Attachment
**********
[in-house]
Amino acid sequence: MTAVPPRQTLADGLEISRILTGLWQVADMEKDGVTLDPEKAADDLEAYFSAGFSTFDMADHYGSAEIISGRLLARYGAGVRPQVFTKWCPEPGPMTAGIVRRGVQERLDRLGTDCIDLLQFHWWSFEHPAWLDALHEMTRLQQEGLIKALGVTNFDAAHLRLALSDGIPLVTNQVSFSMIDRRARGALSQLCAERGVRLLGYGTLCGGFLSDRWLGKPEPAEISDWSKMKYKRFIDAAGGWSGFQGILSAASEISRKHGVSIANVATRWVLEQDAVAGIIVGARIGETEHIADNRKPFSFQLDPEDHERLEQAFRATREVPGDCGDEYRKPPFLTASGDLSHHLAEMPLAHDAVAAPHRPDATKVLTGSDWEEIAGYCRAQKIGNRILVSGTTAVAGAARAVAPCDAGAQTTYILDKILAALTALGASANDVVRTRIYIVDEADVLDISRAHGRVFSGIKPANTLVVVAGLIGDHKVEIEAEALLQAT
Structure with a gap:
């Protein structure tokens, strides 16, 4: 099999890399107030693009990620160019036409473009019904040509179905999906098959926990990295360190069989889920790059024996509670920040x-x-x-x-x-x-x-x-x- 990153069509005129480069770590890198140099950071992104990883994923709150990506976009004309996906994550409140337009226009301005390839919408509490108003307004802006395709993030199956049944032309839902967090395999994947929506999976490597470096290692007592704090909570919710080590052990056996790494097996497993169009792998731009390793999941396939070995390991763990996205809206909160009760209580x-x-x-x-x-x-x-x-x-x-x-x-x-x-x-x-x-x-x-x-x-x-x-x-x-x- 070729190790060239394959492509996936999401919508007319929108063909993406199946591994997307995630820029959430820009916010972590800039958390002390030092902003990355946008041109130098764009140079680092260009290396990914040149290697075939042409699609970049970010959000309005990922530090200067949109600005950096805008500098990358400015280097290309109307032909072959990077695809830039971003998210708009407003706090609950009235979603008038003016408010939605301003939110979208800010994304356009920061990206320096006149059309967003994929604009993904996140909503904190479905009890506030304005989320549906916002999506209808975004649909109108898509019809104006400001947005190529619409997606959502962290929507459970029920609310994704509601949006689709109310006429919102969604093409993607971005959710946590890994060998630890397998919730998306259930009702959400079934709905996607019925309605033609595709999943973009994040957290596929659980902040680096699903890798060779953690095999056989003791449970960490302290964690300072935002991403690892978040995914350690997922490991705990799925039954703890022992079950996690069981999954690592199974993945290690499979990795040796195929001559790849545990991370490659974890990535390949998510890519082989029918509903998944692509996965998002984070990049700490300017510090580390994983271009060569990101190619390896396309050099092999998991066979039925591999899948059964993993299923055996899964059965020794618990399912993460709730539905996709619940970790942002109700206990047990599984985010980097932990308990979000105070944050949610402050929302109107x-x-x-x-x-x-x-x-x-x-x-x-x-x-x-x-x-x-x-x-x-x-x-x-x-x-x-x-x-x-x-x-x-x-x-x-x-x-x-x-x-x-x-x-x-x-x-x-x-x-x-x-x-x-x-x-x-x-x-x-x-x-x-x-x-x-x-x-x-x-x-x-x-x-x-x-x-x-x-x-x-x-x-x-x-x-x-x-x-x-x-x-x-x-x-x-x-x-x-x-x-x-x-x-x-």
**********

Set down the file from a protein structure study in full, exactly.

[in-house]
Amino acid sequence: MTAVPPRQTLADGLEISRILTGLWQVADMEKDGVTLDPEKAADDLEAYFSAGFSTFDMADHYGSAEIISGRLLARYGAGVRPQVFTKWCPEPGPMTAGIVRRGVQERLDRLGTDCIDLLQFHWWSFEHPAWLDALHEMTRLQQEGLIKALGVTNFDAAHLRLALSDGIPLVTNQVSFSMIDRRARGALSQLCAERGVRLLGYGTLCGGFLSDRWLGKPEPAEISDWSKMKYKRFIDAAGGWSGFQGILSAASEISRKHGVSIANVATRWVLEQDAVAGIIVGARIGETEHIADNRKPFSFQLDPEDHERLEQAFRATREVPGDCGDEYRKPPFLTASGDLSHHLAEMPLAHDAVAAPHRPDATKVLTGSDWEEIAGYCRAQKIGNRILVSGTTAVAGAARAVAPCDAGAQTTYILDKILAALTALGASANDVVRTRIYIVDEADVLDISRAHGRVFSGIKPANTLVVVAGLIGDHKVEIEAEALLQAT
Structure with a gap:
């Protein structure tokens, strides 16, 4: 099999890399107030693009990620160019036409473009019904040509179905999906098959926990990295360190069989889920790059024996509670920040x-x-x-x-x-x-x-x-x- 990153069509005129480069770590890198140099950071992104990883994923709150990506976009004309996906994550409140337009226009301005390839919408509490108003307004802006395709993030199956049944032309839902967090395999994947929506999976490597470096290692007592704090909570919710080590052990056996790494097996497993169009792998731009390793999941396939070995390991763990996205809206909160009760209580x-x-x-x-x-x-x-x-x-x-x-x-x-x-x-x-x-x-x-x-x-x-x-x-x-x- 070729190790060239394959492509996936999401919508007319929108063909993406199946591994997307995630820029959430820009916010972590800039958390002390030092902003990355946008041109130098764009140079680092260009290396990914040149290697075939042409699609970049970010959000309005990922530090200067949109600005950096805008500098990358400015280097290309109307032909072959990077695809830039971003998210708009407003706090609950009235979603008038003016408010939605301003939110979208800010994304356009920061990206320096006149059309967003994929604009993904996140909503904190479905009890506030304005989320549906916002999506209808975004649909109108898509019809104006400001947005190529619409997606959502962290929507459970029920609310994704509601949006689709109310006429919102969604093409993607971005959710946590890994060998630890397998919730998306259930009702959400079934709905996607019925309605033609595709999943973009994040957290596929659980902040680096699903890798060779953690095999056989003791449970960490302290964690300072935002991403690892978040995914350690997922490991705990799925039954703890022992079950996690069981999954690592199974993945290690499979990795040796195929001559790849545990991370490659974890990535390949998510890519082989029918509903998944692509996965998002984070990049700490300017510090580390994983271009060569990101190619390896396309050099092999998991066979039925591999899948059964993993299923055996899964059965020794618990399912993460709730539905996709619940970790942002109700206990047990599984985010980097932990308990979000105070944050949610402050929302109107x-x-x-x-x-x-x-x-x-x-x-x-x-x-x-x-x-x-x-x-x-x-x-x-x-x-x-x-x-x-x-x-x-x-x-x-x-x-x-x-x-x-x-x-x-x-x-x-x-x-x-x-x-x-x-x-x-x-x-x-x-x-x-x-x-x-x-x-x-x-x-x-x-x-x-x-x-x-x-x-x-x-x-x-x-x-x-x-x-x-x-x-x-x-x-x-x-x-x-x-x-x-x-x-x-």